frailty


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frail·ty

 (frāl′tē)
n. pl. frail·ties
1. The condition or quality of being frail.
2. A fault, especially a moral weakness.

frailty

(ˈfreɪltɪ)
n, pl -ties
1. physical or moral weakness
2. (often plural) a fault symptomatic of moral weakness

frail•ty

(ˈfreɪl ti, ˈfreɪ əl-)

n., pl. -ties.
1. the quality or state of being frail.
2. a fault resulting from moral weakness.
[1300–50; Middle English frailte, frelete < Old French frailete < Latin fragilitās. See frail1, -ity]
ThesaurusAntonymsRelated WordsSynonymsLegend:
Noun1.frailty - the state of being weak in health or body (especially from old age)
unfitness, softness - poor physical condition; being out of shape or out of condition (as from a life of ease and luxury)
asthenia, astheny - an abnormal loss of strength
cachexia, cachexy, wasting - any general reduction in vitality and strength of body and mind resulting from a debilitating chronic disease
2.frailty - moral weaknessfrailty - moral weakness      
evilness, evil - the quality of being morally wrong in principle or practice; "attempts to explain the origin of evil in the world"

frailty

noun
1. weakness, susceptibility, fallibility, peccability a triumph of will over human frailty
weakness might, strength, fortitude, robustness
2. infirmity, poor health, feebleness, puniness, frailness She died after a long period of increasing frailty.

frailty

noun
Translations
ضَعْف، وَهَن
slabostchybakřehkost
svagelighedsvaghed
gyarlóság
veikleiki; breyskleiki

frailty

[ˈfreɪltɪ] N [of person] → debilidad f; [of health] → lo delicado, fragilidad f; [of happiness] → lo efímero; [of character] → flaqueza f

frailty

[ˈfreɪlti] n
(= weakness) → faiblesse f
the frailties of human nature → les faiblesses de la nature humaine
(= poor health) → fragilité f

frailty

n
(= weakness, of person) → Gebrechlichkeit f; (of health)Zartheit f, → Anfälligkeit f
(= fragility, of structure) → Fragilität f; (of boat, aircraft)leichte Bauart; (fig, of hope) → Schwäche f; (of ego)Labilität f; frailty, thy name is womanSchwachheit, dein Name ist Weib

frailty

[ˈfreɪltɪ] n (see adj) → fragilità; (imperfection) → debolezza

frail

(freil) adjective
weak, especially in health. a frail old lady.
ˈfrailtyplural ˈfrailties noun
physical weakness or (a) moral failing. She loved him in spite of his frailties.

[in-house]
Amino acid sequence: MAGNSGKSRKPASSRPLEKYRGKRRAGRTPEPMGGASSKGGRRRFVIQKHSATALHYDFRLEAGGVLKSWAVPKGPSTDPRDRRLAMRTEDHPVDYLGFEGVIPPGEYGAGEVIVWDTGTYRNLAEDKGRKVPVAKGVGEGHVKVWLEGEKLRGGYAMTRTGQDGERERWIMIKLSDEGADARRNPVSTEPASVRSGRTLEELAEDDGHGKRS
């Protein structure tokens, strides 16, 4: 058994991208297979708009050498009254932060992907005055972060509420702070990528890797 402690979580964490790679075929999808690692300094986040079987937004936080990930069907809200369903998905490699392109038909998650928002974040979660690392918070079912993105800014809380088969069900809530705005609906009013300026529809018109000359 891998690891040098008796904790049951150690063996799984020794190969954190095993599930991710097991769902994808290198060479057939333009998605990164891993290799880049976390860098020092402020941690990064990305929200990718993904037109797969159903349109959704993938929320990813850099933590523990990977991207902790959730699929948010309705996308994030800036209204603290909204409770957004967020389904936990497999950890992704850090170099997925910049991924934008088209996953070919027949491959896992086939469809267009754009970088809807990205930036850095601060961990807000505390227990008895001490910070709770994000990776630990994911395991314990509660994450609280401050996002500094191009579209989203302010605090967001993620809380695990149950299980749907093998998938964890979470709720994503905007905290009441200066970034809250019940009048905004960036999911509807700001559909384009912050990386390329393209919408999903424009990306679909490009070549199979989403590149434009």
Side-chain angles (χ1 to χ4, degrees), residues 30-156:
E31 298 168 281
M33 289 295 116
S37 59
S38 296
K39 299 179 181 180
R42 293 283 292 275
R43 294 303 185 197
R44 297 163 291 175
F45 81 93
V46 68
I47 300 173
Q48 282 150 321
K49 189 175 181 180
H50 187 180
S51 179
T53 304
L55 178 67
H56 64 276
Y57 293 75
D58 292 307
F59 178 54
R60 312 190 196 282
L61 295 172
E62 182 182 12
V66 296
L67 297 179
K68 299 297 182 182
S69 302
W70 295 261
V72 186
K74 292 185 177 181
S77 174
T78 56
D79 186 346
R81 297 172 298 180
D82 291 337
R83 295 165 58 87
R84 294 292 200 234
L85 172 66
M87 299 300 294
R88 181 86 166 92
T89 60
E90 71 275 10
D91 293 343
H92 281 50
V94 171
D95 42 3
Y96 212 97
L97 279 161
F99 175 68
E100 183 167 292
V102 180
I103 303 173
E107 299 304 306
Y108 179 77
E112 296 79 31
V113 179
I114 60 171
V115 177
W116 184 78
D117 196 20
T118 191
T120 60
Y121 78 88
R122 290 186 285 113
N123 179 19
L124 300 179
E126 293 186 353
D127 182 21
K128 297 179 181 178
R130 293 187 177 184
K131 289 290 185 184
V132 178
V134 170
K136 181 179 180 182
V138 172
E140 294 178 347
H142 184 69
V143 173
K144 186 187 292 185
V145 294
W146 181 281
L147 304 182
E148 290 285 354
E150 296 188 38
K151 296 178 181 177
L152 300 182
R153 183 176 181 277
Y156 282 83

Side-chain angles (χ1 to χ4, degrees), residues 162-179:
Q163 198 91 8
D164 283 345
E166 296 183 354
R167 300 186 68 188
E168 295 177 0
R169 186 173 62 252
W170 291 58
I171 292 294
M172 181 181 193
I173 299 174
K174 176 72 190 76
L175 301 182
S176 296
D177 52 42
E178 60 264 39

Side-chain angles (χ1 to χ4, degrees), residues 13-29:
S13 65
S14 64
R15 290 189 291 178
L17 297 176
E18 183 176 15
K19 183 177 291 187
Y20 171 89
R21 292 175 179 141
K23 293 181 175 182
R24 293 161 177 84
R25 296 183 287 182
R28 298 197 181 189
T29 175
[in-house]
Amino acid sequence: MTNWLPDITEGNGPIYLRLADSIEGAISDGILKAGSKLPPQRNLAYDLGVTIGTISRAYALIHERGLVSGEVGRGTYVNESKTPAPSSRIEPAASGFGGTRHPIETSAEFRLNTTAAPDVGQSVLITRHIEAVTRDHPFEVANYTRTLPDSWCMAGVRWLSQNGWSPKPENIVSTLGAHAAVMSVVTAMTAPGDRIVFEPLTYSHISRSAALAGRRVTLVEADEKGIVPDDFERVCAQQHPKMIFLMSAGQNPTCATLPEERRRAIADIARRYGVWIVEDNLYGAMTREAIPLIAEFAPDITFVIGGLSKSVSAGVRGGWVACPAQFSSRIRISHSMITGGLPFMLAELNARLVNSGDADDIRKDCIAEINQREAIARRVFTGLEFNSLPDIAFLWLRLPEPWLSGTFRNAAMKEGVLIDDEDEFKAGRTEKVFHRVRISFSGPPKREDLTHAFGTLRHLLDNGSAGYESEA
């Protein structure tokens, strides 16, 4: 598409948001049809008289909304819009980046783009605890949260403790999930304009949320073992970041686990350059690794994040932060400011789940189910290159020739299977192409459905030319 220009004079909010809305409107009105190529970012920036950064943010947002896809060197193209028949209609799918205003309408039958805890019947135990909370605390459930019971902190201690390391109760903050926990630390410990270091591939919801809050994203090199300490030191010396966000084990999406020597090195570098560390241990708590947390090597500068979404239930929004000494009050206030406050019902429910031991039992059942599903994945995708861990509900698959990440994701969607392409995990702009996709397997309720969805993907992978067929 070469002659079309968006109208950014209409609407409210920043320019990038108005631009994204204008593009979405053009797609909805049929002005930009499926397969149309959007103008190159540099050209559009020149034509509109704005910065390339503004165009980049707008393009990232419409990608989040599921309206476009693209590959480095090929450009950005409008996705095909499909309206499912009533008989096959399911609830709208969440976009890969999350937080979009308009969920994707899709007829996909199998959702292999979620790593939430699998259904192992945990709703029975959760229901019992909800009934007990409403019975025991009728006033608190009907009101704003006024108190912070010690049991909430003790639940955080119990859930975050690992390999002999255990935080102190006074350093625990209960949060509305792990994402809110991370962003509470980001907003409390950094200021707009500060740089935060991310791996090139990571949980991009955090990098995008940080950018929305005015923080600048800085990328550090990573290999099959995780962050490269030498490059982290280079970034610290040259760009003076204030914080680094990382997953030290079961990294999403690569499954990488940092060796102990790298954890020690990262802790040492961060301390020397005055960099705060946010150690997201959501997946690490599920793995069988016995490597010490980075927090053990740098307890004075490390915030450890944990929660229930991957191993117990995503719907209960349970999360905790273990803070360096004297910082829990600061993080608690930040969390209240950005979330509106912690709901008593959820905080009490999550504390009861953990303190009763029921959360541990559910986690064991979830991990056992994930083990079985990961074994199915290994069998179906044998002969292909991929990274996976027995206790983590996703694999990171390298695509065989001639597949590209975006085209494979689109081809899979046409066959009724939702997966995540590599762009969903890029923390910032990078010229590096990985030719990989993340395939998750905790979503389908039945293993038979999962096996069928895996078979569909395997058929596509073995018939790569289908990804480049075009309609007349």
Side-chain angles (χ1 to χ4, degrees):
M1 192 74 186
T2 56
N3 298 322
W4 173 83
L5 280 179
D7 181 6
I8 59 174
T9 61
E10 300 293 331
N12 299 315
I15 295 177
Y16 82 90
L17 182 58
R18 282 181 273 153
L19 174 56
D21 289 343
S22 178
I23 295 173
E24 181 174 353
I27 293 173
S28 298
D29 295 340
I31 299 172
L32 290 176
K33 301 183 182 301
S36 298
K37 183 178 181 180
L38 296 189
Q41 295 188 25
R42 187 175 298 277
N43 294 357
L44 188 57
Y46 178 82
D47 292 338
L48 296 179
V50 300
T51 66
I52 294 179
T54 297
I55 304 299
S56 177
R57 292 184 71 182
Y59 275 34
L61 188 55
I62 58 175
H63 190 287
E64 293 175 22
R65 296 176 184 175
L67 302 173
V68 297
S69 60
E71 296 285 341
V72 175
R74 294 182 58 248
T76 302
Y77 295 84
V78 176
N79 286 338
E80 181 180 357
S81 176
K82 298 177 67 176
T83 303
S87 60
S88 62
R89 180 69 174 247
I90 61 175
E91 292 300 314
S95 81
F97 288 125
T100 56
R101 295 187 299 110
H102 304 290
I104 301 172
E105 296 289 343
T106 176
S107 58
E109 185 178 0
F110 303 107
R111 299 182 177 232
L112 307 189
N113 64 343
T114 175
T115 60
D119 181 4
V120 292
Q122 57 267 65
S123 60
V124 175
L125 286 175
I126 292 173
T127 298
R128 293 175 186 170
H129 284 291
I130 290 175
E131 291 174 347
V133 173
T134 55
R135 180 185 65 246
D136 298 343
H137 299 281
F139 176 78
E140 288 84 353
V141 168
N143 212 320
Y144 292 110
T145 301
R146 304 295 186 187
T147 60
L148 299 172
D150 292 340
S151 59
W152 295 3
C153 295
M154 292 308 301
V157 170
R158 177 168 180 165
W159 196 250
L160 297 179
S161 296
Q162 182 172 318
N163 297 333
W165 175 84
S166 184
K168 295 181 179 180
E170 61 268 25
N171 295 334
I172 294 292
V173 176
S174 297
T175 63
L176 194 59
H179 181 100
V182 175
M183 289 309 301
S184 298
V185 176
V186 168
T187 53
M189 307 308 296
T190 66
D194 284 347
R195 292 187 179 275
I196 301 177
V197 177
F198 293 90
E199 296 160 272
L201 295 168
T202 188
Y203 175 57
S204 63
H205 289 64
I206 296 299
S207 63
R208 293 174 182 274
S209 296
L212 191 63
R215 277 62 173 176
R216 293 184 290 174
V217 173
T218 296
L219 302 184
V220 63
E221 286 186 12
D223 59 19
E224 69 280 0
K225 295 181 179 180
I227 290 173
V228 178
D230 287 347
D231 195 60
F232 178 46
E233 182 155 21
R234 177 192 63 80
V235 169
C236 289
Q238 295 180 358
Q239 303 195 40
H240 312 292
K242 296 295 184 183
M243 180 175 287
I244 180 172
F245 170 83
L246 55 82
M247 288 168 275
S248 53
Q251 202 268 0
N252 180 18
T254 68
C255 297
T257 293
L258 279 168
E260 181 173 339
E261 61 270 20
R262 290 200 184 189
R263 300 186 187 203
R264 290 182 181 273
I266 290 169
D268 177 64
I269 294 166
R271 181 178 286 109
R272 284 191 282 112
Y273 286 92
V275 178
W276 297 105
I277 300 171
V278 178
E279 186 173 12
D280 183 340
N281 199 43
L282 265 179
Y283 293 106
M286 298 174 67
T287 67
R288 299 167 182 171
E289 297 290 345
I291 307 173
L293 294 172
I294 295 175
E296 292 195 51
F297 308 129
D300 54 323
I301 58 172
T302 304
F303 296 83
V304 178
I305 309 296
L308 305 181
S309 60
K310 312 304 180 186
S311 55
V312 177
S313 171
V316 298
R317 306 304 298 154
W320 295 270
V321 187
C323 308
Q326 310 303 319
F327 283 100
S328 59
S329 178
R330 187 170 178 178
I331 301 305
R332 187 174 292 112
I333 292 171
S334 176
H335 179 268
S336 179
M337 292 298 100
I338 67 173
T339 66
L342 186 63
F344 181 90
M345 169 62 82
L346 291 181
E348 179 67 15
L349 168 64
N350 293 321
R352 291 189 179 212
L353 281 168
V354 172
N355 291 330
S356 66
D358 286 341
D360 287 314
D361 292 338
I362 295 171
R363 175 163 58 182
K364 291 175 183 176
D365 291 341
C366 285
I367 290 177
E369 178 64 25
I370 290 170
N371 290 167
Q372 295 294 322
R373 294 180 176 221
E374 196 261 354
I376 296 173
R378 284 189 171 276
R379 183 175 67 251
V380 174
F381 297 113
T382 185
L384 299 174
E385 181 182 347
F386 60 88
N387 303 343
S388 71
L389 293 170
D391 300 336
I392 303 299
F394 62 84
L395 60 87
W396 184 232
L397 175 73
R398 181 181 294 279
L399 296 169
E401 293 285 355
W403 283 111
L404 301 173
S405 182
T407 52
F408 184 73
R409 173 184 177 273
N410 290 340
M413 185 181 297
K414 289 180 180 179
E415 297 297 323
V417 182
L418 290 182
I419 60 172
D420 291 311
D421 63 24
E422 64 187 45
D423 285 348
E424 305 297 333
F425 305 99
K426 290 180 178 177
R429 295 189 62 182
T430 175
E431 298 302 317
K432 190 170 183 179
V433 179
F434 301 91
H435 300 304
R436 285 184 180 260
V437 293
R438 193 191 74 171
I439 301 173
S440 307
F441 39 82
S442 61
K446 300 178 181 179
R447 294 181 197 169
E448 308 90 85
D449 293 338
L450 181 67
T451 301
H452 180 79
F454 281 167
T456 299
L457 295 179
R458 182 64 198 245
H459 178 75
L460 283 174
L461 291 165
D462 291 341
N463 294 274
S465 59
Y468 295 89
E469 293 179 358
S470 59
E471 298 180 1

References in classic literature ?
It may serve, let us hope, to symbolise some sweet moral blossom that may be found along the track, or relieve the darkening close of a tale of human frailty and sorrow
The evangelist was preaching "sin and redemption," the infinite grace of God and His pardon for human frailty.
Her standard of right was so high, so all-embracing, so minute, and making so few concessions to human frailty, that, though she strove with heroic ardor to reach it, she never actually did so, and of course was burdened with a constant and often harassing sense of deficiency;--this gave a severe and somewhat gloomy cast to her religious character.
what should be leaving my room, as I advanced to enter it, but--well, it's no use, resolutions are all very well, but facts are facts, especially when they're natural, and here was I face to face with the most natural little natural fact, and withal the most charming and merry-eyed, that-- well, in short, as I came to enter my room I was confronted by the roundest, ruddiest little chambermaid ever created for the trial of mortal frailty.
Perhaps the question now before the public may, in its consequences, afford melancholy proofs of the effects of this despicable frailty, or rather detestable vice, in the human character.
There remains, then, the character between these two extremes,- -that of a man who is not eminently good and just,-yet whose misfortune is brought about not by vice or depravity, but by some error or frailty.
There were few people on whose secrecy she would have more confidently depended; but, at the same time, there was no one whose knowledge of a sister's frailty would have mortified her so much-- not, however, from any fear of disadvantage from it individually to herself, for, at any rate, there seemed a gulf impassable between them.
Sage in most matters, the widow was perhaps the more amiable for the one frailty that made her ridiculous.
much too high for a heathen), It is true greatness, to have in one the frailty of a man, and the security of a God.
If he had probed to the bottom of his vanity (as he sometimes nearly did) he would have found there the wish that his wife should be as worldly-wise and as eager to please as the married lady whose charms had held his fancy through two mildly agitated years; without, of course, any hint of the frailty which had so nearly marred that unhappy being's life, and had disarranged his own plans for a whole winter.
At last, disengaging herself from the frantic clutch of the still shrieking Esmeralda, Jane crossed the room to look into the little cradle, knowing what she should see there even before the tiny skeleton disclosed itself in all its pitiful and pathetic frailty.
With the precision and definiteness customary in addressing prisoners, and which is supposed to preclude human frailty, Pierre like the others was questioned as to who he was, where he had been, with what object, and so on.